The second question has a deeper answer than most of us are willing to admit. All of us are responsible for Trump, whether we voted for him or not. All of us created the atmosphere that has allowed him to take charge. Even those among us who oppose him.

The role of the media

One of Trump’s first actions as president was to attack the media, saying he would control the information that comes out of certain government agencies. His tweets bypass traditional media outlets. These are two separate but connected issues. He’s our oldest president, but also the most social media-savvy. He’s changing the rules.

As a (former) journalist, this worries me. The media are a necessary watchdog on government. But the media are among the groups that have created the atmosphere that allows Trump to thrive.

Television newscasts are little more than political commentary and reports on extreme weather, with an occasional feel-good story thrown in for good measure. Newspapers have – and continue to – gut their staffs to the point where they aren’t able to attend local city council or township board meetings, or ask the tough questions even when they do. The last newspaper I worked for is more concerned with winning peer-driven plaques and trophies than it is in writing and editing news that matters to its readers.

Beyond the fatal crash

On Jan. 24, a Cleveland police officer was killed while directing traffic around two previous accidents on Interstate 90 on the city’s west side. Once the officer died, emotions took over and that’s all the media – and everyone else – has talked about.

There’s nothing wrong with memorializing a fallen officer, of course. He was killed by a hit-skip driver who was arrested several hours later in a city west of Cleveland. If this driver faces trial and is found guilty, I hope they throw the book at him. Officer Fahey died a tragic, untimely death.

But no one talks about the beginning of his end.

There was a single-vehicle crash on westbound I-90 near Hilliard Road reported at 5:04 a.m. Jan. 24. Police responding to that accident requested medical assistance, so a Rocky River fire truck was dispatched to the scene.

At 5:33 a.m., a Chevrolet van crashed into the fire truck, killing the driver and sending a passenger to a nearby hospital.

Officer Fahey was setting up traffic flares around the fire truck at 6 a.m. when a white Toyota Camry hit him and fled west on I-90.

I saw one brief newspaper article naming the Chevy van driver who died. I never saw anything on the original crash, the single-vehicle wreck that started the whole thing.

And that’s my point. Details, people. No one cares about details any more. Including the media.

Once Officer Fahey died, that became not only the main story, as it should have been, but it became the only story, which it wasn’t. There were two other crashes that preceded it.

If either did not happen, Officer Fahey most likely would still be serving among us.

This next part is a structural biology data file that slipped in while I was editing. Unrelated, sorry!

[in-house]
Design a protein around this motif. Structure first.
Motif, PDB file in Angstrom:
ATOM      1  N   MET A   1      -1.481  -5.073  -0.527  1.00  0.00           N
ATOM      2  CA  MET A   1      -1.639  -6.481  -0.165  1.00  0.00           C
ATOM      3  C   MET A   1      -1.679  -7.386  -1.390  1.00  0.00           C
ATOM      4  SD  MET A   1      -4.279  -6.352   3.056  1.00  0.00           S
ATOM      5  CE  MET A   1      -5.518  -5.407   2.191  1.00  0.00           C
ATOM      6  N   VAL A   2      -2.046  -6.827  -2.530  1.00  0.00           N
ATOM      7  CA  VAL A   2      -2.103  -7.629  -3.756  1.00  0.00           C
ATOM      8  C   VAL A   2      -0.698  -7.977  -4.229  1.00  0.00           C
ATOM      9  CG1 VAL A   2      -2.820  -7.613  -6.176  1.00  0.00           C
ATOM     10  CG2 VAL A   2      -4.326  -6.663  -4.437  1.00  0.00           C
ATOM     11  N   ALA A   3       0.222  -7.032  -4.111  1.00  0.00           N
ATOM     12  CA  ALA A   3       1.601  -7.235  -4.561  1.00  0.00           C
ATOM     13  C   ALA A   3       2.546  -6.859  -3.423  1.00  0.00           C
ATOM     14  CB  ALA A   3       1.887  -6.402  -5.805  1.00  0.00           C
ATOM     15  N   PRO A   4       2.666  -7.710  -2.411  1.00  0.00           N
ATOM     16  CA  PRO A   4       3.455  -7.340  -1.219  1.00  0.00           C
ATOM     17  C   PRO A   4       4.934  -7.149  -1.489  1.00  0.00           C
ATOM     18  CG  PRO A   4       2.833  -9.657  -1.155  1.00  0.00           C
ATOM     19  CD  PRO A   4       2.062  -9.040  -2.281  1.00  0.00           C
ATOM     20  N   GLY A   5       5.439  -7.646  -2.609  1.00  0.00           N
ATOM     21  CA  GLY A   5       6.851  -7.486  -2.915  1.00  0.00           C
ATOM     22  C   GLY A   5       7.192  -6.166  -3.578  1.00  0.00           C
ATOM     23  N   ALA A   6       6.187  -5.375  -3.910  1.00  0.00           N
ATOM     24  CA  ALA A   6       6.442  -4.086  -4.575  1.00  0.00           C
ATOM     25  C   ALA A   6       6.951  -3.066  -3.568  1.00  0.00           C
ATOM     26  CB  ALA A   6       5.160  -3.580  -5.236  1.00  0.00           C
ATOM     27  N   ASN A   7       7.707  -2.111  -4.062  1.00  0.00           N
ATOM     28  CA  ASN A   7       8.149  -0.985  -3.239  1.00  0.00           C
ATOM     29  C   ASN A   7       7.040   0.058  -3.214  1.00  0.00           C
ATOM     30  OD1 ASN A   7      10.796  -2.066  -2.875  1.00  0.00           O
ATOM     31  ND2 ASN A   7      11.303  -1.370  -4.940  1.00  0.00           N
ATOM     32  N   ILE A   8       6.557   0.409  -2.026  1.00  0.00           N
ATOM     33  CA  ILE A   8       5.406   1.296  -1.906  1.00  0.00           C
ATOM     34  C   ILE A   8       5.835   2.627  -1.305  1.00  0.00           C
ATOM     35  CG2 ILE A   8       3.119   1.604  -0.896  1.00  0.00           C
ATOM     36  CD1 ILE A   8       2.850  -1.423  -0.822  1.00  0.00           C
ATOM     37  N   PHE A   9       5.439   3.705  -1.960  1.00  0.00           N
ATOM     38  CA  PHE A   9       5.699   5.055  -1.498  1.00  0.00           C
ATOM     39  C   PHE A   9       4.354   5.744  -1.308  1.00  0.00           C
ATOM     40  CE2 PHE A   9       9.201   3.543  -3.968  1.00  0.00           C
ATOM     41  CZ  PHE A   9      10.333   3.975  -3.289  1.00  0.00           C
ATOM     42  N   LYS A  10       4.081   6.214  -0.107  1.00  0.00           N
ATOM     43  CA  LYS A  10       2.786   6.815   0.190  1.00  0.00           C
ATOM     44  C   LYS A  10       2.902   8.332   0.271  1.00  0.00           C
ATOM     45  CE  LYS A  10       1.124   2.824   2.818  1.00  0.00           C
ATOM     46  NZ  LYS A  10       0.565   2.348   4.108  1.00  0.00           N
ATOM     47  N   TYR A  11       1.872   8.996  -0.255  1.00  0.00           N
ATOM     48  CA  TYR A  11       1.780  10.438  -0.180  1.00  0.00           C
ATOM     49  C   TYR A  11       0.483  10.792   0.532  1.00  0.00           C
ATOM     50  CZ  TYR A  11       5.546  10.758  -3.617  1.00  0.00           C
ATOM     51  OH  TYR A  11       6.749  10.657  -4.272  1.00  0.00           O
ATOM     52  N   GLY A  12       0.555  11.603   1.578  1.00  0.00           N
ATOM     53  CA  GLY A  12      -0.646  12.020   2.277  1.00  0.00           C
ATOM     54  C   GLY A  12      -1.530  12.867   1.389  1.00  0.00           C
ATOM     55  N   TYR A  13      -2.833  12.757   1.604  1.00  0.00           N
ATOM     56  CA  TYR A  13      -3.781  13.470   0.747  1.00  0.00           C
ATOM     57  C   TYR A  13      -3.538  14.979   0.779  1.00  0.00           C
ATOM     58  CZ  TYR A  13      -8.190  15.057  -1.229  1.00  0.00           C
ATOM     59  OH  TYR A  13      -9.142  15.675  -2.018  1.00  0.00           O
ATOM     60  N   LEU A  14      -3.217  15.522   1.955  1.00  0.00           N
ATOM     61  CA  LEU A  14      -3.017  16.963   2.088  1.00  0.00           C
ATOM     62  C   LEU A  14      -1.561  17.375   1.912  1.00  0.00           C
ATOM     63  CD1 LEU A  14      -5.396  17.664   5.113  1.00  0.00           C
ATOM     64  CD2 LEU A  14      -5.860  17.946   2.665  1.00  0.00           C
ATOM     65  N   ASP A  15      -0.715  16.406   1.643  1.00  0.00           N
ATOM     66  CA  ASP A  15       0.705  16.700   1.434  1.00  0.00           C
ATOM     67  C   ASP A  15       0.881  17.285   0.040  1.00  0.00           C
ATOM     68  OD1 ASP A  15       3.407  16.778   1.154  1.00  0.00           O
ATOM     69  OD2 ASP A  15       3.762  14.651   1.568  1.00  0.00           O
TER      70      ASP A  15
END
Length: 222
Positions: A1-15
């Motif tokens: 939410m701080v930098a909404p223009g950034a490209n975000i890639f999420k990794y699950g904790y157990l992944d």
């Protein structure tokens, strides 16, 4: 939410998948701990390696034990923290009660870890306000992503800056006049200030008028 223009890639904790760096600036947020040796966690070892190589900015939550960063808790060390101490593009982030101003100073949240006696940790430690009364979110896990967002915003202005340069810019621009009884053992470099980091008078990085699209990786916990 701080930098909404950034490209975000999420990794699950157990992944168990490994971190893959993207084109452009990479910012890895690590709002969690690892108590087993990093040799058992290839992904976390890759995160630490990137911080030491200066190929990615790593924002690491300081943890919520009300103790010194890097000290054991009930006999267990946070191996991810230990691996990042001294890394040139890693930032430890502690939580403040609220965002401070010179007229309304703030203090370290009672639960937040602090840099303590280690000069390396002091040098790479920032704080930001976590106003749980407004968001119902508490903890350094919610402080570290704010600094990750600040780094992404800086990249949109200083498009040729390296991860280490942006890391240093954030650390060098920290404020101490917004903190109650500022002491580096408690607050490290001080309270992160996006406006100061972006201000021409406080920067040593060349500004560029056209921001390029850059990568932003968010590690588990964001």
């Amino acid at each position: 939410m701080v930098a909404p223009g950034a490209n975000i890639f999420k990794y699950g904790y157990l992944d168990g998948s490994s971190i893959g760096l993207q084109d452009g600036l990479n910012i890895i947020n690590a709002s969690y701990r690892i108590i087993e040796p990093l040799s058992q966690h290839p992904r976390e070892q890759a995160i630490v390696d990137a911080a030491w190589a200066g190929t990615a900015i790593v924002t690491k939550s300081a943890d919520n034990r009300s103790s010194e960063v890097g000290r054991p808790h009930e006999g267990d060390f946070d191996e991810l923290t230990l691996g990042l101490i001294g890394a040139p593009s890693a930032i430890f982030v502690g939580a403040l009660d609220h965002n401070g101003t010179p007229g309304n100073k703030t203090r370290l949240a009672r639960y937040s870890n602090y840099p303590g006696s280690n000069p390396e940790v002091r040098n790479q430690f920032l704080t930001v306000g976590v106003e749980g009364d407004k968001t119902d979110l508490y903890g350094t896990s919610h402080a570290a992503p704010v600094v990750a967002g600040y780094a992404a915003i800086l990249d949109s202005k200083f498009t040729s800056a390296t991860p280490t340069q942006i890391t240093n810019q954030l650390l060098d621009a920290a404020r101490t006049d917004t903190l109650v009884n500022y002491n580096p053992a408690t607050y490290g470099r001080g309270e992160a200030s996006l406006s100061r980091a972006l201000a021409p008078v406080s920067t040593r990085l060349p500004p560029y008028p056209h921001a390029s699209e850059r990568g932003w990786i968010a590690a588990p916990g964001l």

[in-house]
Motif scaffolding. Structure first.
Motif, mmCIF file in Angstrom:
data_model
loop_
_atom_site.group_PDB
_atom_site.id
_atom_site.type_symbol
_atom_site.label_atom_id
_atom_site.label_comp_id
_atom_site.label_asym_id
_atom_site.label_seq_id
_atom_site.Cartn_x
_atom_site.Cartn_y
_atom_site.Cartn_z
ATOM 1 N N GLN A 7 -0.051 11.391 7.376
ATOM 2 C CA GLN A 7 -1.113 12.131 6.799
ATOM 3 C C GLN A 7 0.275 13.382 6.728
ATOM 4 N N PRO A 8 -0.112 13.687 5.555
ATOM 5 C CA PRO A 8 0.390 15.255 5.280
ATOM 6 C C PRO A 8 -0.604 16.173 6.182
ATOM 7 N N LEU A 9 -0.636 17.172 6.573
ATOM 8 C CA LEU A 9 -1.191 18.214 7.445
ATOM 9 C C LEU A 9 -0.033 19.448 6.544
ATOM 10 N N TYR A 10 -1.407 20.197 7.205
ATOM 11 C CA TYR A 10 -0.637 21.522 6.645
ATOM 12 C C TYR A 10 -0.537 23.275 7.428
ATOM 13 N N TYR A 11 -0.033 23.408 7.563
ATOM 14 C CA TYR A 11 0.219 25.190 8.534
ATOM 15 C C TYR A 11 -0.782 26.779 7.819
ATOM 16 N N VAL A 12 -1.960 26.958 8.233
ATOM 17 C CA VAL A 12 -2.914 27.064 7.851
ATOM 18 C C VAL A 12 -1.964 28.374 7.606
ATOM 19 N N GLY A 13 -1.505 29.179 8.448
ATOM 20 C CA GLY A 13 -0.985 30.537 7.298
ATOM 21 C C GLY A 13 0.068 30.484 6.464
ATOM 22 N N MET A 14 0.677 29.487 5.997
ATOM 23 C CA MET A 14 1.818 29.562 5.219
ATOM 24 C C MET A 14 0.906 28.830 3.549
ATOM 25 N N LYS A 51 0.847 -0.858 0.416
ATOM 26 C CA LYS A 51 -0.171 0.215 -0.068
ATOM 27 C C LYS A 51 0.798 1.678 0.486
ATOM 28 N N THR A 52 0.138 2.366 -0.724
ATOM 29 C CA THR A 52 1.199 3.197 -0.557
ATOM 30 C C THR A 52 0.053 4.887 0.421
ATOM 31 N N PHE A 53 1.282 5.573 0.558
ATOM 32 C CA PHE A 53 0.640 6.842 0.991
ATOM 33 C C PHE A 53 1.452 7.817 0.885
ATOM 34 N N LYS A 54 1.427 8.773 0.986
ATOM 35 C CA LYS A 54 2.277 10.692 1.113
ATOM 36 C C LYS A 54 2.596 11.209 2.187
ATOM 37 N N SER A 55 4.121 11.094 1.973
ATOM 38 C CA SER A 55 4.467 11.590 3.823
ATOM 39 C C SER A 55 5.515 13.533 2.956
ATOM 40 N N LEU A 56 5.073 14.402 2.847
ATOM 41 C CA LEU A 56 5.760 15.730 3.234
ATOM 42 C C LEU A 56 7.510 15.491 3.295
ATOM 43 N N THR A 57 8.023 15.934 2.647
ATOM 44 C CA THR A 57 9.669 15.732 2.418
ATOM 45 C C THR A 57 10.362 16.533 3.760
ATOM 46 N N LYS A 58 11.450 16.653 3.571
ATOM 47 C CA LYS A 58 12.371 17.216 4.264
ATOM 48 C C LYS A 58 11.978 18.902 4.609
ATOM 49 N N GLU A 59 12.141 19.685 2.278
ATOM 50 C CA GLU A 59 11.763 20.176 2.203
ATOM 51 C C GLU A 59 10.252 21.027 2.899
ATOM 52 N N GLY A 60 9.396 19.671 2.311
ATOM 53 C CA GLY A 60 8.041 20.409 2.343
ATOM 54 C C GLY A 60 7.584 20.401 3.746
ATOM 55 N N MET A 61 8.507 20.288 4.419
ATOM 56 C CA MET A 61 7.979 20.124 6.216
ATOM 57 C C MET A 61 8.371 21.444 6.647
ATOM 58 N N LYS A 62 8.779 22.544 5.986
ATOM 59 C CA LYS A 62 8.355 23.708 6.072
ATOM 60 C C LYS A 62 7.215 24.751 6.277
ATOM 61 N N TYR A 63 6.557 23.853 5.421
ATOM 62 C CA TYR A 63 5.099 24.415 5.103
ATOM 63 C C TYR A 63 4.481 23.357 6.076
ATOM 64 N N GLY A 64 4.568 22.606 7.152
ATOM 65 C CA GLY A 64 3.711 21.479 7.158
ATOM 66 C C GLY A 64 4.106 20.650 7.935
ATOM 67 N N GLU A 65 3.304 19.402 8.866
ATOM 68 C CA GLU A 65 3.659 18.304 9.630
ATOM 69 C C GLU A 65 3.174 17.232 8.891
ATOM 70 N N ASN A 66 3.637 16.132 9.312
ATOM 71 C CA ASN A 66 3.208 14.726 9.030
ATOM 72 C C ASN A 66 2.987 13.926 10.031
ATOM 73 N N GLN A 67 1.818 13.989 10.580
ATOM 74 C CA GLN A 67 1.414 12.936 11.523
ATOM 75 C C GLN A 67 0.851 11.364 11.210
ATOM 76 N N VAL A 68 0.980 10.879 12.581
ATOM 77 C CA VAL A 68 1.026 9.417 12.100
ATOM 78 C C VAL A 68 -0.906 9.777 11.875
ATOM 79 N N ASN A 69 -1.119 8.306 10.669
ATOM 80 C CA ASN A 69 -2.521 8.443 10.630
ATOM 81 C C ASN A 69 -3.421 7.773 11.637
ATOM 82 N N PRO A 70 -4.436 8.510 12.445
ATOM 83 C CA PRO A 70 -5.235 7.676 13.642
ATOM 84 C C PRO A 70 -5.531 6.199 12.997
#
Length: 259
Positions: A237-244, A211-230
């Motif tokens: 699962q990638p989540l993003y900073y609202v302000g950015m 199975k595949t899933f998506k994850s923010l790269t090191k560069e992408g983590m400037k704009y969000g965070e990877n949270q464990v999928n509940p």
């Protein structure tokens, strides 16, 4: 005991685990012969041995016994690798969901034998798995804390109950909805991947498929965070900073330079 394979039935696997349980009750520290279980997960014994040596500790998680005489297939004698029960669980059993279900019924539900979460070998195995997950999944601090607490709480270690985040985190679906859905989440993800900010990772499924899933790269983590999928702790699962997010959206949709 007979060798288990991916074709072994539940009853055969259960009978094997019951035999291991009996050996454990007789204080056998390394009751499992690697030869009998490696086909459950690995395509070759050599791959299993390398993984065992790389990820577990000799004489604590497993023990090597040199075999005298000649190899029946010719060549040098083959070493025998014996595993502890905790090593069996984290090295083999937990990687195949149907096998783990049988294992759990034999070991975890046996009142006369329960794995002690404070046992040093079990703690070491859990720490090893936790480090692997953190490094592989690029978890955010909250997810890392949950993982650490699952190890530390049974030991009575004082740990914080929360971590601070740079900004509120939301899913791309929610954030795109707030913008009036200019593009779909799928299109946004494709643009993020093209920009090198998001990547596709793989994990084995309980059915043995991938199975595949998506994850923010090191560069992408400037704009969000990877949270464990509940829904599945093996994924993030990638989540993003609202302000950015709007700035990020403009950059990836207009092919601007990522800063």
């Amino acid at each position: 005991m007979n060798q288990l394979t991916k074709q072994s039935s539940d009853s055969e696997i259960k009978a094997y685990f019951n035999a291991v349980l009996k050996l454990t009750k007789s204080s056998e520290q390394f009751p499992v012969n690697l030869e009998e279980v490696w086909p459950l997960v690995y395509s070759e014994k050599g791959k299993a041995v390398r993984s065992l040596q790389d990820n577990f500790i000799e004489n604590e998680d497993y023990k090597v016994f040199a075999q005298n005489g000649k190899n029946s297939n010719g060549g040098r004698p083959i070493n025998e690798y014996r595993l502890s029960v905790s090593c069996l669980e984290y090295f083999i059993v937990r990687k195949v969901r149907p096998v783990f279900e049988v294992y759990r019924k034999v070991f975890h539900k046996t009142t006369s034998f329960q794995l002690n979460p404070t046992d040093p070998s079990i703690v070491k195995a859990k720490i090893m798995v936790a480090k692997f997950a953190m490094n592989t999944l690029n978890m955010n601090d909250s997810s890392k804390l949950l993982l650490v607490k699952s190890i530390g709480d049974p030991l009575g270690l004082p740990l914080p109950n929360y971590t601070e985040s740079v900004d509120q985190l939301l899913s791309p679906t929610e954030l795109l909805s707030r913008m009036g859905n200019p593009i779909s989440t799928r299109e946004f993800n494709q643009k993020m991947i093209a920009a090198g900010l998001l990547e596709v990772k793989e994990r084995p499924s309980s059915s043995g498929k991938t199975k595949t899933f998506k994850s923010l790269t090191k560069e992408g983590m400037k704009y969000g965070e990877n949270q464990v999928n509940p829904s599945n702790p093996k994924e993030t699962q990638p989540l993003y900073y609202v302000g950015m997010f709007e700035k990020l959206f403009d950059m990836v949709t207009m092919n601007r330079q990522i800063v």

Because (presumably) no one died in that first wreck, no one cared about it. Even though it started an escalating sequence that culminated in the death of a police officer.

Small things often lead to big things.

Distorting facts

Not only does the media miss details, sometimes it misrepresents them. Sports Illustrated in its current issue wrote an article about “The Super Bowl sex-trafficking myth.” The magazine presents evidence that sex-trafficking statistics have been skewed to showcase a problem that isn’t nearly as severe as the manipulators want it to be.

Sex trafficking is a major issue in this country, but it’s year-round in numerous cities and places, Sports Illustrated argues. It’s not a one-time problem that goes away once the Super Bowl hoopla ends. By misrepresenting the issue, proponents are actually undermining efforts to stem sex trafficking across the nation.

Why does President Trump attack the media so hard? Because the media, in general, is no longer doing well the job it’s supposed to be doing.

Instead of getting all emotional about Trump’s actions, how about a focus on details and accuracy?

Terrorism was a major issue in 2016. There were a number of attacks around the world, including on U.S. soil. Trump campaigned against this. We elected him. Here we go.

How do terrorists get into the United States? Is Trump targeting the wrong countries? Would a different strategy work better?

Instead of soundbites and one-liners, how about a little research to make your point?

Since the media aren’t doing much of that research now, and since the Internet has opened up the world of information to all of us, we each do our own research. Nearly all of it is slanted. We pick the sources that make the points we want to make. The other side picks the points it wants to make. Trying to sort it all out is a difficult game.

Rise above the firestorm

In this information overload and fact vacuum, enter Trump. He’s the result, not the cause, of what this nation has become.

Instead of firing off hateful one-sided diatribes, perhaps we should take the advice those high school students offer. Be the change.

I saw this LinkedIn post the other day:

 

Apart from the ballot box, philanthropy presents the one opportunity the individual has to express her or his meaningful choice over the direction in which any society will progress. (author unknown)

 

My comment on that post:

 

Philanthropy is throwing money at the problem, which is good. A better word is volunteerism, which is actually doing something.

 

We’re good at pointing fingers. Those of us who have money are good at spending it.

Let’s get off our rear ends, myself included, and get back in the game. Whether it’s through traditional media or other means, we need to discover the truths about life, why things happen as well as how. Let’s dig a little deeper. Let’s be more objective. More open-minded. More sensitive.

If Trump is a bull in a china shop, it’s because we are, too.

Too much destruction going on. Time to build up.

And I don’t mean a wall.